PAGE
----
Ed Fitzgerald flew F-4U Corsairs for the Marines in the south Pacific during WWII. Here’s a story he told me.
All the squadron pilots were loaded onto a Navy R4D (a.k.a. DC-3 and C-47) at Honolulu for transportation to their new base. They landed at Johnson Island for refueling. Shortly after leaving Johnson Island the airplane started having problems with both engines. Eventually the engines failed and the airplane was expertly ditched in the Pacific. Everyone got off the airplane and into life rafts without injury, where they waited for rescue.
According to Ed, he was the first one to exit the airplane since he was sitting closest to the door. In accordance with Marine training for such situations, he jumped into the water alongside the raft and then climbed aboard. This procedure was designed to prevent damage to the bottom of the raft which could occur if people jumped directly into the raft. But everyone else ignored procedure and jumped aboard, leaving him the only one to get wet. This was especially annoying, since he was carrying a personally owned Colt .45 pistol which never completely recovered from it’s salt water dunking.
In a short time a search and rescue PBY Catalina aircraft appeared in response to the May Day call the R4D pilots had gotten off before they ditched. There was an ocean swell running that day, but the Catalina pilot made a perfect water landing and taxied to the survivors. All the people were taken aboard the Catalina, which then taxied to a takeoff position.
Ed had never been aboard a Catalina, which he called a P-boat (for it’s Patrol squadron designation), so he made his way forward into the PBY cockpit to watch the takeoff procedure. Everything seemed fine at first, but then the running swell rose under the port wing. The swell came up so rapidly it overwhelmed the wing tip float and contacted the port propeller blades.
In an instant, the port propeller came off the hub and sliced through the cockpit. Standing behind and between the two Catalina pilots, Ed was at first not aware that the pilot in the left seat was dead. Before he recovered his wits, the copilot had shut down the engines, popped open the hatch in the cockpit overhead, walked out on the wing, and was fighting a fire in the port engine with a portable extinguisher.
Except for the unfortunate Catalina pilot, everyone else was unhurt. A May Day from the first PBY soon brought a second one, which then took all of them aboard. Machine guns were used to sink the original Catalina, and they were all soon back on duty.
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My first boss at Vought was Tom Williams. He flew B-25 Mitchells for the Marines in WWII, and was a scuba diver on the Vought search-rescue team that assisted the Navy with emergencies at NAS Dallas. Here is a story he told me of one event.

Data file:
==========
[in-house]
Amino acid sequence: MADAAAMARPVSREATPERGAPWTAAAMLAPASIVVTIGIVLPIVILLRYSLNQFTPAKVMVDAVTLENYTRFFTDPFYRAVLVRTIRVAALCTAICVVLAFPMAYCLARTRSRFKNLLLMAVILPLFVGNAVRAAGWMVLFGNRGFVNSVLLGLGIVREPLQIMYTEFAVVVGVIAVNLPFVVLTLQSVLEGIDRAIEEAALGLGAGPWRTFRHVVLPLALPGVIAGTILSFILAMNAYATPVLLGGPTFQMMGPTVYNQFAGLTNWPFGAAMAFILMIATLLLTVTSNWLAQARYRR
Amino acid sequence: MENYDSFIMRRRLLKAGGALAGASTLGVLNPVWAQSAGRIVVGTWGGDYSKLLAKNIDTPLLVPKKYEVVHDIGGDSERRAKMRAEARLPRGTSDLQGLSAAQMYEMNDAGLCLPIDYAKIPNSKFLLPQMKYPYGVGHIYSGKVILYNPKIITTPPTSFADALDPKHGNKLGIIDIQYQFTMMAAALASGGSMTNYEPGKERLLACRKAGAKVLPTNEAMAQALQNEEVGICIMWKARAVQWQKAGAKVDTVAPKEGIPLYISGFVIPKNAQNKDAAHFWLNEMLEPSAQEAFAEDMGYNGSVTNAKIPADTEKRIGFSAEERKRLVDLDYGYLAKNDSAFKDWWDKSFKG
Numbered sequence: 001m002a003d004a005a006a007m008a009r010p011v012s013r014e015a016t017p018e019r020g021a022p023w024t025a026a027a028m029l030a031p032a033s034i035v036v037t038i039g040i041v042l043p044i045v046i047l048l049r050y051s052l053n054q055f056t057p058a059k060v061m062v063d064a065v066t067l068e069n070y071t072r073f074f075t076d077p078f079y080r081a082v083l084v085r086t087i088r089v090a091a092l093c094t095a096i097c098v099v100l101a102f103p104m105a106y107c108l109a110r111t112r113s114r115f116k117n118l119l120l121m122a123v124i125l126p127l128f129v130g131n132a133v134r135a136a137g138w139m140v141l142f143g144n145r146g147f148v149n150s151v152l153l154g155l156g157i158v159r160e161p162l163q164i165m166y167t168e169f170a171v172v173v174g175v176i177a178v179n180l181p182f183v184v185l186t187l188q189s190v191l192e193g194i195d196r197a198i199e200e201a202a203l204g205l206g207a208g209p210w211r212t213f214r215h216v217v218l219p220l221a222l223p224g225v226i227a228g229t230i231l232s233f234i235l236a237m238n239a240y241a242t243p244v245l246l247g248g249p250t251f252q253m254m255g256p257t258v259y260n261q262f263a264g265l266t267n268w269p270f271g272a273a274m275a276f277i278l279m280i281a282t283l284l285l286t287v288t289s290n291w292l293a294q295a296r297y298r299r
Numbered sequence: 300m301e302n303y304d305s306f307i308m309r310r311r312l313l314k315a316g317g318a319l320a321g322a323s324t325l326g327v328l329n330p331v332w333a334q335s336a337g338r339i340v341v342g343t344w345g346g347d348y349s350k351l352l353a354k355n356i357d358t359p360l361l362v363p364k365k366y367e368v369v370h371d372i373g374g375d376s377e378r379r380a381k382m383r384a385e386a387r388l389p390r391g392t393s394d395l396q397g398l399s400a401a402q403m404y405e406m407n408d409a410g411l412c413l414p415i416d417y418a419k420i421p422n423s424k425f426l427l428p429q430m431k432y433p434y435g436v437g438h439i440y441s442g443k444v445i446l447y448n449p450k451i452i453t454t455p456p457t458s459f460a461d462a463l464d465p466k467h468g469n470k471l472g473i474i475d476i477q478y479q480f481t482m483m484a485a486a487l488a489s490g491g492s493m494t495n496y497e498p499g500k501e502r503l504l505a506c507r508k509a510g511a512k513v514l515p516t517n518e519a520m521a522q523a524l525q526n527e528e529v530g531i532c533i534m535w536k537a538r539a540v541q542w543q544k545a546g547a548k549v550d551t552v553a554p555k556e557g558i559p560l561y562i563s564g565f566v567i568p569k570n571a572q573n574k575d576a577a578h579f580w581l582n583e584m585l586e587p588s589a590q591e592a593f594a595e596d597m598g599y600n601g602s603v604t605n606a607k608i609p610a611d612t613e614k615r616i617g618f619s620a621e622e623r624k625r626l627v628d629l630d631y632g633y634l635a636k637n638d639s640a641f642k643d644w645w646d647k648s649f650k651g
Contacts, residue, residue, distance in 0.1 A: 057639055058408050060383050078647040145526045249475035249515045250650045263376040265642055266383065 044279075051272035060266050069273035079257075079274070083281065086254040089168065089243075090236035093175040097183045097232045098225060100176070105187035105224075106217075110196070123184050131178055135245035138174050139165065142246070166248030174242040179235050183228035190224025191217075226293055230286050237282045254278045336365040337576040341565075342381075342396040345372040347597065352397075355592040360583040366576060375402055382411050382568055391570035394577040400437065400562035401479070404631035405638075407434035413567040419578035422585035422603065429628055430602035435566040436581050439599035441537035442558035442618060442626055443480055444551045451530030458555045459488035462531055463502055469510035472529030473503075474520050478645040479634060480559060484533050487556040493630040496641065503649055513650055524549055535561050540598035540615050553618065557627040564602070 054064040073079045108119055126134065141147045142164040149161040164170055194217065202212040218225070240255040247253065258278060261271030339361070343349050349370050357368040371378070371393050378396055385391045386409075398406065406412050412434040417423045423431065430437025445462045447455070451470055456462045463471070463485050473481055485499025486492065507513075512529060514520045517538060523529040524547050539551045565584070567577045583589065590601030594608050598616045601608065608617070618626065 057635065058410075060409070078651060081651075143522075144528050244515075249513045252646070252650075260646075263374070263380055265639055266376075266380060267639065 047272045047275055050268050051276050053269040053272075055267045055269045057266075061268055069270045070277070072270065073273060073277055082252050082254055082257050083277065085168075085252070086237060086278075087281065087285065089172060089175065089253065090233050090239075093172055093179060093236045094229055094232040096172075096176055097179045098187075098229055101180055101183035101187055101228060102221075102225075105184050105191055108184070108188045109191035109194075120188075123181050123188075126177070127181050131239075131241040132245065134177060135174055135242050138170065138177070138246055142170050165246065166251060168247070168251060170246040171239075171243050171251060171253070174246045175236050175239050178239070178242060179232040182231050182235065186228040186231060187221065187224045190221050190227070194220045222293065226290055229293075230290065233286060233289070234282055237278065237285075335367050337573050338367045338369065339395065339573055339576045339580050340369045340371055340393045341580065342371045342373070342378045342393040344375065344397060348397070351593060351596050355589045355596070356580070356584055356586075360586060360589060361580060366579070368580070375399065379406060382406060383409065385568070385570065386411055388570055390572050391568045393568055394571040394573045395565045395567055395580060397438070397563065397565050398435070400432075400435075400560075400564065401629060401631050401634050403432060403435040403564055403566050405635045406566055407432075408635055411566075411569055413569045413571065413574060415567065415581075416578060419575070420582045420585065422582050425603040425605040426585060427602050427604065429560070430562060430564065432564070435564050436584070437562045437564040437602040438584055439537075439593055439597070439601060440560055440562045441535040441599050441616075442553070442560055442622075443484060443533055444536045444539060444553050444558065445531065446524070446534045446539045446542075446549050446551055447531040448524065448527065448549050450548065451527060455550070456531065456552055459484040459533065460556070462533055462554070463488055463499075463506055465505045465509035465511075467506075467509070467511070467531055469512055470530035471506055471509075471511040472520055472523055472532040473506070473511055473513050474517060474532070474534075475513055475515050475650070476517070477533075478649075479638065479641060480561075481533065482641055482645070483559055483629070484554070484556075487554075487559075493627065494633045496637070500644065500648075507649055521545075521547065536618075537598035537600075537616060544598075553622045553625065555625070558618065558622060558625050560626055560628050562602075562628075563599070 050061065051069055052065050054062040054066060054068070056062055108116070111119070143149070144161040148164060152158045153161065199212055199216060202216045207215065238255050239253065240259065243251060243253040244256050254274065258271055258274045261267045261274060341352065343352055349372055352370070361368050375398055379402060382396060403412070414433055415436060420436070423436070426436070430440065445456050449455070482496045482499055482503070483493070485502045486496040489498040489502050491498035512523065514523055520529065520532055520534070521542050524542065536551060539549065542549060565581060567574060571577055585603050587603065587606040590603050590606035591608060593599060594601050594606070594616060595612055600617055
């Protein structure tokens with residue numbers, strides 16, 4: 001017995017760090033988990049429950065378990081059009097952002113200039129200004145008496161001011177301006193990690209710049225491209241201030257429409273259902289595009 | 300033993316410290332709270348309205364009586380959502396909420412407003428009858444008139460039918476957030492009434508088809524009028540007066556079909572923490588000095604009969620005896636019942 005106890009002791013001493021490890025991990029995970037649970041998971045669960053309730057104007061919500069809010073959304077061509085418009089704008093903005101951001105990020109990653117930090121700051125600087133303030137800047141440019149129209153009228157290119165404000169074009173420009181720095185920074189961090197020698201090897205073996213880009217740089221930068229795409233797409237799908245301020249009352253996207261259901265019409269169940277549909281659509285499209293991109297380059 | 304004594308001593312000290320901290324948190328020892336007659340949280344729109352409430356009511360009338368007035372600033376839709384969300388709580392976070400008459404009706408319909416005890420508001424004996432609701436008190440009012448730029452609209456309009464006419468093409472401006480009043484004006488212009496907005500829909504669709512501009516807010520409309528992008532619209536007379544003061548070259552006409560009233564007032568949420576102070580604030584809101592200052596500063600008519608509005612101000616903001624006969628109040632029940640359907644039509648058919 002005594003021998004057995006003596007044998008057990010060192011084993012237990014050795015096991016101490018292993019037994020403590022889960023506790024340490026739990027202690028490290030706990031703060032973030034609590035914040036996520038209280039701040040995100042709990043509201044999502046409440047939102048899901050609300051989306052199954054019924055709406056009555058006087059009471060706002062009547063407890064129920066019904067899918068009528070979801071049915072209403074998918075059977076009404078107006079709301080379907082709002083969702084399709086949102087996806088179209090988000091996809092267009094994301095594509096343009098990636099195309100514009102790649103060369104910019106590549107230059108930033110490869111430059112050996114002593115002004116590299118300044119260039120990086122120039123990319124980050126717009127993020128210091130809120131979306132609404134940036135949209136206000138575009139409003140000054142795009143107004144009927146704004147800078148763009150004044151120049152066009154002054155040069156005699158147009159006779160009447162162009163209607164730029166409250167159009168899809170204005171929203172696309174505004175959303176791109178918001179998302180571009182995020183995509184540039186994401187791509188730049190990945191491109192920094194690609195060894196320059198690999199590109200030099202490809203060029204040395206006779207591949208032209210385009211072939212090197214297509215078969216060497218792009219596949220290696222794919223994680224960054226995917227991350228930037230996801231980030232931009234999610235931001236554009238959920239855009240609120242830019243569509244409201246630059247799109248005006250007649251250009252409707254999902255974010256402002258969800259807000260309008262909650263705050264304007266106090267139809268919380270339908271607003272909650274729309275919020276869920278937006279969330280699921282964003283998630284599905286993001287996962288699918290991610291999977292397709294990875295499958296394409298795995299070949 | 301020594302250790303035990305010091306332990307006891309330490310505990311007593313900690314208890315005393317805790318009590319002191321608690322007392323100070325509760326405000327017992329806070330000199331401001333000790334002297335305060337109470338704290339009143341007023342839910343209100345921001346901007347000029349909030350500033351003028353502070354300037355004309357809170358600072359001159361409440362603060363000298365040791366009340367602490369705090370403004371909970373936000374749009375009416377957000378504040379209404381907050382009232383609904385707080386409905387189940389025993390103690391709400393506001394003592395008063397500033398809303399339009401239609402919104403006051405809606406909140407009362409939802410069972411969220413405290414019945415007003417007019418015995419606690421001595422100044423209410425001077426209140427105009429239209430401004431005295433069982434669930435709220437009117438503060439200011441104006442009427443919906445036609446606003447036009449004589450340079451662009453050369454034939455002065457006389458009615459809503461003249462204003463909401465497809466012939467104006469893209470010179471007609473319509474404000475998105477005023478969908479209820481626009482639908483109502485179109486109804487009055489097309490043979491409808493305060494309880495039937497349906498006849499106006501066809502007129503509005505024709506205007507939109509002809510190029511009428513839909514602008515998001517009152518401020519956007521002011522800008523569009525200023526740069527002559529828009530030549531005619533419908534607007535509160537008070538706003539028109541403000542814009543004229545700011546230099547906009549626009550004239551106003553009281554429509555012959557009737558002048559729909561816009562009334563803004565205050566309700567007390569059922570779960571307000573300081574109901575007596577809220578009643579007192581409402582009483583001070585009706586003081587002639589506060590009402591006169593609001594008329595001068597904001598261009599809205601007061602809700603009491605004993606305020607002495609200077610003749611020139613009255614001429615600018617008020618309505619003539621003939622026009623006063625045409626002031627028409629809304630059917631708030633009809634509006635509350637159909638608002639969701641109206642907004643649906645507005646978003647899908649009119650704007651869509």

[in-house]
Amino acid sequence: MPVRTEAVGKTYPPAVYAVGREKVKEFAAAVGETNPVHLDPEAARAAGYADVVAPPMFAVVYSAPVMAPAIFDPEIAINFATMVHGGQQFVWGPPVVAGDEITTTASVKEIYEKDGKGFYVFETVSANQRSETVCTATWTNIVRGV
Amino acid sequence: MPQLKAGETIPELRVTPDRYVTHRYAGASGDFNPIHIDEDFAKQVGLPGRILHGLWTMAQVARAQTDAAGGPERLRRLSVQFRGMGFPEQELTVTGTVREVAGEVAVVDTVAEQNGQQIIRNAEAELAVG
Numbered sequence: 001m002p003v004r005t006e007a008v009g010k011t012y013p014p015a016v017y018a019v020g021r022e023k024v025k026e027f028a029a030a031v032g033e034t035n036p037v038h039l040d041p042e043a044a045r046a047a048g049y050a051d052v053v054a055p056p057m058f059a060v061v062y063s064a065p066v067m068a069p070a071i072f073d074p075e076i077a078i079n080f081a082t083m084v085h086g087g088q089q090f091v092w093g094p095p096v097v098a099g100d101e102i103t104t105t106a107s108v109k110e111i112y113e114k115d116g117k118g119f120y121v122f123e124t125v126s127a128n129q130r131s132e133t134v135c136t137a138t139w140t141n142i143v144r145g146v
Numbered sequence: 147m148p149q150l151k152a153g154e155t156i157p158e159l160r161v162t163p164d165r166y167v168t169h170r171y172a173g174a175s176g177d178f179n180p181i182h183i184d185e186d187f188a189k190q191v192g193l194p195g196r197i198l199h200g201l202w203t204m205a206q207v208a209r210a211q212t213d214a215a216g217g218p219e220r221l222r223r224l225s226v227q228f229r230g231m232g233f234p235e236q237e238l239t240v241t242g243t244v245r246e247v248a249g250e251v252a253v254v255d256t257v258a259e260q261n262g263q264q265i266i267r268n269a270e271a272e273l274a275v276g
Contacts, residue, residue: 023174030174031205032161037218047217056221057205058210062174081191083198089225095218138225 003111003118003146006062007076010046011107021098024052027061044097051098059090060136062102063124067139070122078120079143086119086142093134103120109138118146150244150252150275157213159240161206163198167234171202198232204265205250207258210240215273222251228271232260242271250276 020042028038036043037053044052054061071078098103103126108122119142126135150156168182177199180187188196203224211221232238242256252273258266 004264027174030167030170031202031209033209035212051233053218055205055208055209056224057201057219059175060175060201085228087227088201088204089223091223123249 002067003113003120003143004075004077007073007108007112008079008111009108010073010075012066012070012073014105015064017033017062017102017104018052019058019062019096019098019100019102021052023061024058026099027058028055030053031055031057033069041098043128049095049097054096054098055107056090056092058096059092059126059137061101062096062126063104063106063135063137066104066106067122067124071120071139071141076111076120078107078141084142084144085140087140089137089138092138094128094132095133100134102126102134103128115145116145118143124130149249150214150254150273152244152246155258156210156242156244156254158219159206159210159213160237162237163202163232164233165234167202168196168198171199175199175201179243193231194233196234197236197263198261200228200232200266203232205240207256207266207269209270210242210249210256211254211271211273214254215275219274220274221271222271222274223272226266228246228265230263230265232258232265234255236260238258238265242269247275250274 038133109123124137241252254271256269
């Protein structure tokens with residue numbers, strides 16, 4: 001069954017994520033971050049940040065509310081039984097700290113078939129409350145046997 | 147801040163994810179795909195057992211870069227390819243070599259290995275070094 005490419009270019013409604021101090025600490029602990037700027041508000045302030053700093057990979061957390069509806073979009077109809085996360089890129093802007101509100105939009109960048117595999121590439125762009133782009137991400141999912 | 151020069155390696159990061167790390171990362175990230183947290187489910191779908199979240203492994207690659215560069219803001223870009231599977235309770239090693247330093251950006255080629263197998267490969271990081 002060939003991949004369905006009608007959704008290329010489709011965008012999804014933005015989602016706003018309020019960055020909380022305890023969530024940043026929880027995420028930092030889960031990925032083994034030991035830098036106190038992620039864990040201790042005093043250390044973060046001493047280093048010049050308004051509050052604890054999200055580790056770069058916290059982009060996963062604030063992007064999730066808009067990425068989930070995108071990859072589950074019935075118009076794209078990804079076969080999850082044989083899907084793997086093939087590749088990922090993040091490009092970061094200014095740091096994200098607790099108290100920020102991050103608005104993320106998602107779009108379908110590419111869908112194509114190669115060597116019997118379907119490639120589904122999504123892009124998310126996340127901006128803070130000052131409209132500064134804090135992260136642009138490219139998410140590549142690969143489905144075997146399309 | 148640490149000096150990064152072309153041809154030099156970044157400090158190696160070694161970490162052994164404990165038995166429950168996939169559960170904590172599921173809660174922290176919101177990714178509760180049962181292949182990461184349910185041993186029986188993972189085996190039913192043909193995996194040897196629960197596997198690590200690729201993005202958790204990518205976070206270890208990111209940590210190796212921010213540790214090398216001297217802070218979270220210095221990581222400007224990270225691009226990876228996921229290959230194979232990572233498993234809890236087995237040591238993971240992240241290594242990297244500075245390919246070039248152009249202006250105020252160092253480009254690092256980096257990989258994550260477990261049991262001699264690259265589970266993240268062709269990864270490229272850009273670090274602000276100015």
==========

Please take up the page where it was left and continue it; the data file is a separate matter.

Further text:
An F-8U Crusader ran off the end of the runway and into Mountain Creek Lake. Tom was one of several divers who went into the lake to find the aircraft for salvage. The pilot had escaped safely, and the location of the airplane was known with certainty. Although the Crusader sank out of sight soon after entering the water, no one expected any problems finding it or pulling it out of the lake.
So Tom and the other divers were perplexed to discover no trace of the aircraft. It had mysteriously disappeared into the dark obscurity of the silt-laden lake waters like a ghost.
Mountain Creek Lake, like most Texas lakes, is artificial, and was formed by throwing a dam across a small creek. Also in common with most Texas lakes, it is muddy to the point of invisibility. It is often impossible to find a definite bottom, since the lake waters simply become denser and denser as you go deeper and the burden of silt, mud, and dirt become greater and greater.
Even with powerful underwater lights, the divers searched in vain for the elusive Crusader. Unable to see more than a few inches in front of their eyes, the divers prowled the known area where the aircraft surely had to rest. But their searches were fruitless.
How can you lose something as big as a jet fighter? Especially when you know exactly where it is? Had the airplane somehow become a piece of mystical magical hardware, destined to be forever known as Our Crusader of the Lake? What strange powers did it possess that allowed it to disappear so completely?
But it was physics and not magic that provided the answer.
Purely by chance, one of the divers exploring the murky almost-bottom happened to raise his hand above his head for some reason. And touched the aircraft, hovering in the silt over his head.
The airplane had sunk until it’s weight was balanced by the weight of the displaced lake water. And there it stopped sinking and came to rest, several feet above the gloom that the divers considered to be the bottom.
The startled diver soon came to the surface with news of the discovery, and salvage of the Crusader began in earnest.
Somehow I always wished the story had another ending. One where the airplane remained undiscovered and free, sort of an aviation Flying Dutchman, forever roaming Mountain Creek lake as a kind of talisman for Vought airplanes and those who built them and those who flew them.
But that wouldn’t be believable, would it?